Santa Should be the Only One Breaking into Your Home This Christmas

As fun as it might be to brag about that family vacation and your escape, and posting other statuses about your current whereabouts is like advertising that your home is sitting empty and at risk for thieves and break-ins. Wait until you’ve safely returned home to upload all of your great selfies and family snaps.

Santa Should be the Only One Breaking into Your Home This Christmas

As fun as it might be to brag about that family vacation and your escape, and posting other statuses about your current whereabouts is like advertising that your home is sitting empty and at risk for thieves and break-ins. Wait until you’ve safely returned home to upload all of your great selfies and family snaps.

MISSISSAUGA, Ont. — It’s that time of the year when Canadians begin to book train tickets and flights or plan a road trip for a holiday escape.

But as the cities begin to clear out, many places across Canada will become virtual ghost towns, presenting burglars with the perfect opportunity for residential break-ins.

“In Canada, a break-in happens every 90 seconds,” says Steve Kolobaric of Weiser, one of Canada’s most trusted lockset manufacturers. “It is especially important to know how to protect ourselves and our valuables during times when our homes are most vulnerable.”

Whether you’re headed to Grandma’s house for a cozy Christmas surrounded by family, or booking a fabulous vacation somewhere sunny to ring in the new year, Weiser is offering up tips for home protection and things to keep in mind before heading out the door for an extended period over the holidays:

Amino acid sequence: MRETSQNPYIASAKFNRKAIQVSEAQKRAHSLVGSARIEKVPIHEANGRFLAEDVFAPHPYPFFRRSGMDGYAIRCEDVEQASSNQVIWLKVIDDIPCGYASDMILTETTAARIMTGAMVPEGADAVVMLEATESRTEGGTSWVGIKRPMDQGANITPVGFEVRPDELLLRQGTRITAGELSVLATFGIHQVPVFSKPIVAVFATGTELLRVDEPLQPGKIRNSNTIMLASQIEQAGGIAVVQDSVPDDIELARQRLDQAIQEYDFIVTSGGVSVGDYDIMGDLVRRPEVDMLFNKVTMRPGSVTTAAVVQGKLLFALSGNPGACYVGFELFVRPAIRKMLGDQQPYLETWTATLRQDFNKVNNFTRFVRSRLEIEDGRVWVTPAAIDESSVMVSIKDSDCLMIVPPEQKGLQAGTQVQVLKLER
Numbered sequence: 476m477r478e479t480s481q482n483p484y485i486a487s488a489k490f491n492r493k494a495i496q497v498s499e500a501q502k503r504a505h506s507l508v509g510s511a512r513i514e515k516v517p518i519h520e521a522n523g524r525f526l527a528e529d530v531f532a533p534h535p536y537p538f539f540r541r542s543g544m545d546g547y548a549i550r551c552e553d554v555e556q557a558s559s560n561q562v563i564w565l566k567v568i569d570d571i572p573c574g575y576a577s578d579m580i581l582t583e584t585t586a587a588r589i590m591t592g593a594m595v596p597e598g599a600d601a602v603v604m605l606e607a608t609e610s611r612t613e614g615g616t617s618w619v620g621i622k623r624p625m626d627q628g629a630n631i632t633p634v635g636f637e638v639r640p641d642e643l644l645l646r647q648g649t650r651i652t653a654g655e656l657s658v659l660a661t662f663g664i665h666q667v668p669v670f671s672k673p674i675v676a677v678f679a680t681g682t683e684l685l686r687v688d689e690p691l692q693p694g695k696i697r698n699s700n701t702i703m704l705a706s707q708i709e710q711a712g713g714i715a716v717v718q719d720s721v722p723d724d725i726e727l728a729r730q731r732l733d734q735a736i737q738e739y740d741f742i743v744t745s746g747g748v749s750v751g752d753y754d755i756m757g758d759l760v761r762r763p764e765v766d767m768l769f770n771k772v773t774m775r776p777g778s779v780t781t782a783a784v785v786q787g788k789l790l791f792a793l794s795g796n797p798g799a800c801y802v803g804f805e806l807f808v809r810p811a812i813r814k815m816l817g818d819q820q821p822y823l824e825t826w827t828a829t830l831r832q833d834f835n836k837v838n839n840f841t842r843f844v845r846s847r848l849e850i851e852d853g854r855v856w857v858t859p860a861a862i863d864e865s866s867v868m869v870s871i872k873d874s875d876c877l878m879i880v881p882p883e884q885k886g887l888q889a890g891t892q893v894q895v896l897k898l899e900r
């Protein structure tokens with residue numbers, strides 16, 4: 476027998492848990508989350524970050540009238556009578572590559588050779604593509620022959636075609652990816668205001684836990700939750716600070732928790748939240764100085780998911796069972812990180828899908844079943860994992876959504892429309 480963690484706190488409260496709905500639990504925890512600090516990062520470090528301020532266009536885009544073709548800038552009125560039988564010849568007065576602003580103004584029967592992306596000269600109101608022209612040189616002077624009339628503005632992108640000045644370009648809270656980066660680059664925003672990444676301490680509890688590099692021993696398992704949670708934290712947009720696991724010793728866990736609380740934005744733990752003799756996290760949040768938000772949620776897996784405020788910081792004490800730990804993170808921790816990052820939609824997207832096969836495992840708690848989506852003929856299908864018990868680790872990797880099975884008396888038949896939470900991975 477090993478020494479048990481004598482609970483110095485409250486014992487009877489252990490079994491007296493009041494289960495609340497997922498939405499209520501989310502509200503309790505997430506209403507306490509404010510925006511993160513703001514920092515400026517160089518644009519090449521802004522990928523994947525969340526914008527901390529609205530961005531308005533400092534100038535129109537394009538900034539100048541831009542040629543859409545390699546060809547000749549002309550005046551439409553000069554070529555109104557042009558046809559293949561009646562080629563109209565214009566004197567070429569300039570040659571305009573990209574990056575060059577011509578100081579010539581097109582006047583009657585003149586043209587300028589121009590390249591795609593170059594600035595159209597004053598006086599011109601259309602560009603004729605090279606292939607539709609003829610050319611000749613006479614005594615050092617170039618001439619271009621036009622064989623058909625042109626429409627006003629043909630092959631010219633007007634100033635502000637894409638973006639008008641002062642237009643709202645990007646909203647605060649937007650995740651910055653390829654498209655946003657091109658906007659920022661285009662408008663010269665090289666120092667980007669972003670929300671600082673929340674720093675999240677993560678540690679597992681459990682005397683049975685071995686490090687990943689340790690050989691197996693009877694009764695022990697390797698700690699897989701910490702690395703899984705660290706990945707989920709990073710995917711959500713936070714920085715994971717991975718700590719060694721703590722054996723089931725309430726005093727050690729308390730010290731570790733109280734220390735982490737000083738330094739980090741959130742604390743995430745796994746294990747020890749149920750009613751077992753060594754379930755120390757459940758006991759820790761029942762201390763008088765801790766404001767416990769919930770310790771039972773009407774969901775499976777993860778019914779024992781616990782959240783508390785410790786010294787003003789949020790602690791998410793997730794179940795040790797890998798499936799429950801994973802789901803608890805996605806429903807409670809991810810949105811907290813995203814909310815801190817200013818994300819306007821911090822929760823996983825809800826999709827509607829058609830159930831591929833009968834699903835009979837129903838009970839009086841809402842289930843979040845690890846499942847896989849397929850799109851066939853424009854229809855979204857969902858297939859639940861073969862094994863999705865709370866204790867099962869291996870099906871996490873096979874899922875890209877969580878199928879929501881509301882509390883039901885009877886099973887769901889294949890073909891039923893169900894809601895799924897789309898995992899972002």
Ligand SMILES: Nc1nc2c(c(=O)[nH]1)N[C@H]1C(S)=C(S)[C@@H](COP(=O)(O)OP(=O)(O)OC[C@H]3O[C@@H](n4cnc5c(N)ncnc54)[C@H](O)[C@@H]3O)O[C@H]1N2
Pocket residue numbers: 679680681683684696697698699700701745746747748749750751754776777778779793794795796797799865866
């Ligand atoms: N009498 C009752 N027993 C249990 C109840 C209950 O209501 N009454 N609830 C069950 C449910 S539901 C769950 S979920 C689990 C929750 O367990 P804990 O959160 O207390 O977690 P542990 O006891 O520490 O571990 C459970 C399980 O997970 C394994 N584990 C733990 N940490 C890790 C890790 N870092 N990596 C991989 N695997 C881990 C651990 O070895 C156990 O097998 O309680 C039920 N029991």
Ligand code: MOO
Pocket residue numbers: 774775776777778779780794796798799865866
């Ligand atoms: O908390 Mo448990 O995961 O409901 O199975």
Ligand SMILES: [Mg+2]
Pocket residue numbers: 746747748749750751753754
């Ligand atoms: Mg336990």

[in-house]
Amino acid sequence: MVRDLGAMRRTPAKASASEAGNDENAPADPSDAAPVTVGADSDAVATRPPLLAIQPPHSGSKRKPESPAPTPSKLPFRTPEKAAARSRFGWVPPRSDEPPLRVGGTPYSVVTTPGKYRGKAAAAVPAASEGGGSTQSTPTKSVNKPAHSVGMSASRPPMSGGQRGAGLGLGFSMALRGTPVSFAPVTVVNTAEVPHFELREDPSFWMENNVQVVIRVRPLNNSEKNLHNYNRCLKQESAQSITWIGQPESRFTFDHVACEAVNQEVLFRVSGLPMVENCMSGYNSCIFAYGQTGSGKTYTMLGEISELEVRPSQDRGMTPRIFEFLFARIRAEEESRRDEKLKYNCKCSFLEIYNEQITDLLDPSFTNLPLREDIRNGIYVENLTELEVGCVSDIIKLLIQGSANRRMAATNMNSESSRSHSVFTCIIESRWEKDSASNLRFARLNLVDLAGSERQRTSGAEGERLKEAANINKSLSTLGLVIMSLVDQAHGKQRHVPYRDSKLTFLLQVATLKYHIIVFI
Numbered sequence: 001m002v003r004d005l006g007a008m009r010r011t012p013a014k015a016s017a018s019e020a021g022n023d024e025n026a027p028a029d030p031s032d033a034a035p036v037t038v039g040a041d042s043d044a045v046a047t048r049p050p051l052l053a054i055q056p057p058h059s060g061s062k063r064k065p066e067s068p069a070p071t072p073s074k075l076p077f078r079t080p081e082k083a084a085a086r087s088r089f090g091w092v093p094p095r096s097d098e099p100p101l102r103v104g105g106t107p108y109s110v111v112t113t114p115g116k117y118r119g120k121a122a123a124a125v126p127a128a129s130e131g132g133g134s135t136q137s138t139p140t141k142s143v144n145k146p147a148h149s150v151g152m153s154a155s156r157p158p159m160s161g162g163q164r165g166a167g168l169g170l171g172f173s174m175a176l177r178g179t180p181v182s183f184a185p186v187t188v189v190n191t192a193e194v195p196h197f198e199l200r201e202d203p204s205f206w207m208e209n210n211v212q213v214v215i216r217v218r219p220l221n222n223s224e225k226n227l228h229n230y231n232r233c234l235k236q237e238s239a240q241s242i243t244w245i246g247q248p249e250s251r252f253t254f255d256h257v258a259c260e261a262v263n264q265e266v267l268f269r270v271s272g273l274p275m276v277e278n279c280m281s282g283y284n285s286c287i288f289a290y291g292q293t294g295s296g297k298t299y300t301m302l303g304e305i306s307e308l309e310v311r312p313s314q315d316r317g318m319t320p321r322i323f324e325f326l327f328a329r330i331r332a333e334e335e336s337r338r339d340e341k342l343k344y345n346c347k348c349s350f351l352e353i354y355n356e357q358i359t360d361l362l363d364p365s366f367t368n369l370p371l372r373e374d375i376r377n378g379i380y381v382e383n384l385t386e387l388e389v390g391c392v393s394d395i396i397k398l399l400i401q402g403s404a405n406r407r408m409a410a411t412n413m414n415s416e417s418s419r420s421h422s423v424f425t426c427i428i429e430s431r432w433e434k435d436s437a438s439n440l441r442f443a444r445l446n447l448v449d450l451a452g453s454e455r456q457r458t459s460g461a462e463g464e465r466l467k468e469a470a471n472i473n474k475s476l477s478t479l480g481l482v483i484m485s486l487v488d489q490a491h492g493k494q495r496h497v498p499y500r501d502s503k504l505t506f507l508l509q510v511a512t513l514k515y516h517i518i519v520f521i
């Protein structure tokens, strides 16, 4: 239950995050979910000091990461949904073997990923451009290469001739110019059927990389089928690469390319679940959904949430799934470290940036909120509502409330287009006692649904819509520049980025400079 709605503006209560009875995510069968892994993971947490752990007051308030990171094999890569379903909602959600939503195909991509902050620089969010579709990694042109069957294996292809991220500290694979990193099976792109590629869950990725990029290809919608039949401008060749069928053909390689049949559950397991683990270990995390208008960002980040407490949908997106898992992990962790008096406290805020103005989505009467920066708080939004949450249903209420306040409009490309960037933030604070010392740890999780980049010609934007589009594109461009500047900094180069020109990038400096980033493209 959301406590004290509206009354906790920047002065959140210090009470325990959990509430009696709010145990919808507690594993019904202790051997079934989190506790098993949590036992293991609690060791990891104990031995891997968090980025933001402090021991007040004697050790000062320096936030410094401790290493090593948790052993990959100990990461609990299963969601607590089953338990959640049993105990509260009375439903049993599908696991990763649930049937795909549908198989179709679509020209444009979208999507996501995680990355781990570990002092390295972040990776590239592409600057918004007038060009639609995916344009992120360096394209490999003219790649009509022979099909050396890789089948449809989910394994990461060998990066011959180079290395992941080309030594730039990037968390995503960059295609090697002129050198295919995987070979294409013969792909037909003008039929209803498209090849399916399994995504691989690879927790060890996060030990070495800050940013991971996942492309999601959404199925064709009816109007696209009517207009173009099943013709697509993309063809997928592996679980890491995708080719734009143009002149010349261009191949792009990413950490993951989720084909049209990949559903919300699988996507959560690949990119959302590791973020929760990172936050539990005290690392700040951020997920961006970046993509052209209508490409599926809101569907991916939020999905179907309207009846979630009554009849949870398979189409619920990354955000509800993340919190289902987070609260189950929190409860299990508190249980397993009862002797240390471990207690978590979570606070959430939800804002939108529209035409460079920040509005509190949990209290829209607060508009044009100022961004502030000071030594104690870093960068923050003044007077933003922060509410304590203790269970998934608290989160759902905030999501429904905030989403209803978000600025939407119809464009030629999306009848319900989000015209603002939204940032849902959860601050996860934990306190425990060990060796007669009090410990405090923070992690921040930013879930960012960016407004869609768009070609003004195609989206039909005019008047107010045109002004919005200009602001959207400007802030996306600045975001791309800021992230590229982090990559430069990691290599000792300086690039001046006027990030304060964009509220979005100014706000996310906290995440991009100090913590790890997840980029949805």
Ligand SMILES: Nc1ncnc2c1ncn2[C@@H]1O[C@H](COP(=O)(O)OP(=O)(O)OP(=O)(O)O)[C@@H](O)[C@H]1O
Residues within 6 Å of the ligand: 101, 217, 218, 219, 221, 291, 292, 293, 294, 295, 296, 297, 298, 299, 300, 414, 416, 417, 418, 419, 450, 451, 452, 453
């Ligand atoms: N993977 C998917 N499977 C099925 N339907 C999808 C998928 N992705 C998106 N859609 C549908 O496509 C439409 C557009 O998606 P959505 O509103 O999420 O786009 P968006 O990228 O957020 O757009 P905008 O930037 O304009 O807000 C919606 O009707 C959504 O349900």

1. Be wary of social media. As fun as it might be to brag about that family vacation and your escape of Canada’s harsh and bitter winter, “checking-in” and posting other statuses about your current whereabouts is like advertising that your home is sitting empty and at risk for thieves and break-ins. Wait until you’ve safely returned home to upload all of your great selfies and family snaps.

2. Lock your doors. Might seem like an obvious tip – but it would surprise most homeowners to find out that nearly half of all burglaries occur simply by walking through an unlocked front door! It’s important that all doors – front, back and side doors – have a reliable lockset with a working deadbolt lock. All exterior doors should have deadbolts with at least a one-inch throw bolt.

3. Have a trusted neighbour check in from time to time. Whether it is to clear out your mailbox or shovel your driveway, it’s great to have someone checking in on your property, especially if you plan on being gone for a longer period; however, do not under any circumstances try the “hide-a-key” approach, in order to give them access. Most criminals know about the best hiding spots: under the mat, mailbox, top of door frame, etc. It’s better and far more secure to install a secure lock that enables you to provide access to specific people:

4. Hide your valuables. If you have a safe, great! But if not, ensure you’re keeping things like laptops, expensive cameras, stereos and other equipment away from all windows. Tuck them away in closets, drawers and other safe spots away from visible locations that can be seen from the outside.

5. Set an electronic timer for lights.
This is a great way to keep up regular lighting patterns as opposed to just having one porch or living room light on at all times – a dead giveaway. You can also do this for some radio and television sets to simulate normal use and noise.

“Make sure that the only person breaking and entering into your home this season is Santa Claus,” adds Kolobaric. “With these easy, common sense tips you can rest easy knowing your house is safe and secure this holiday season.”